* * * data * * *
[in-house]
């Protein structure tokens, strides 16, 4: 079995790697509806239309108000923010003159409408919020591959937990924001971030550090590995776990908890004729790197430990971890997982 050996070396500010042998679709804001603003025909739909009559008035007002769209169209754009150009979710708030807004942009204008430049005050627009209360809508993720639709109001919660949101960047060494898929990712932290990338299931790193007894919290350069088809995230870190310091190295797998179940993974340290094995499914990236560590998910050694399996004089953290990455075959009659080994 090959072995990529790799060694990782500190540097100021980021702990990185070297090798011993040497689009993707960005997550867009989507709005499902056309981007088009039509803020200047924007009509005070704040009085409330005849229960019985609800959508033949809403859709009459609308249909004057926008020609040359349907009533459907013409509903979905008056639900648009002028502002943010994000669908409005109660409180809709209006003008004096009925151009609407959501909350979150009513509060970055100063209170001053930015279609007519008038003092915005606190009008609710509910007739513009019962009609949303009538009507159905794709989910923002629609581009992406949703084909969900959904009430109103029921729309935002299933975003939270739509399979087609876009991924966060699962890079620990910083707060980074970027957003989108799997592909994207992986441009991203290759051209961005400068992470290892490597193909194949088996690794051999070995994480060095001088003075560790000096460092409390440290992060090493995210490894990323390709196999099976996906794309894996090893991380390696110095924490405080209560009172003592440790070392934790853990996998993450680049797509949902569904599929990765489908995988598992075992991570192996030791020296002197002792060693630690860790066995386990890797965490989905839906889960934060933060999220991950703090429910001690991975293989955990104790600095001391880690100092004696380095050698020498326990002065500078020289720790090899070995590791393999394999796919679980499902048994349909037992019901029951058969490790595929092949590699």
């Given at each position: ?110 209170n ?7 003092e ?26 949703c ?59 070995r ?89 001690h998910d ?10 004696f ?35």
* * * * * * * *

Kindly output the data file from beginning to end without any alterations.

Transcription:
[in-house]
């Protein structure tokens, strides 16, 4: 079995790697509806239309108000923010003159409408919020591959937990924001971030550090590995776990908890004729790197430990971890997982 050996070396500010042998679709804001603003025909739909009559008035007002769209169209754009150009979710708030807004942009204008430049005050627009209360809508993720639709109001919660949101960047060494898929990712932290990338299931790193007894919290350069088809995230870190310091190295797998179940993974340290094995499914990236560590998910050694399996004089953290990455075959009659080994 090959072995990529790799060694990782500190540097100021980021702990990185070297090798011993040497689009993707960005997550867009989507709005499902056309981007088009039509803020200047924007009509005070704040009085409330005849229960019985609800959508033949809403859709009459609308249909004057926008020609040359349907009533459907013409509903979905008056639900648009002028502002943010994000669908409005109660409180809709209006003008004096009925151009609407959501909350979150009513509060970055100063209170001053930015279609007519008038003092915005606190009008609710509910007739513009019962009609949303009538009507159905794709989910923002629609581009992406949703084909969900959904009430109103029921729309935002299933975003939270739509399979087609876009991924966060699962890079620990910083707060980074970027957003989108799997592909994207992986441009991203290759051209961005400068992470290892490597193909194949088996690794051999070995994480060095001088003075560790000096460092409390440290992060090493995210490894990323390709196999099976996906794309894996090893991380390696110095924490405080209560009172003592440790070392934790853990996998993450680049797509949902569904599929990765489908995988598992075992991570192996030791020296002197002792060693630690860790066995386990890797965490989905839906889960934060933060999220991950703090429910001690991975293989955990104790600095001391880690100092004696380095050698020498326990002065500078020289720790090899070995590791393999394999796919679980499902048994349909037992019901029951058969490790595929092949590699």
């Given at each position: ?110 209170n ?7 003092e ?26 949703c ?59 070995r ?89 001690h998910d ?10 004696f ?35």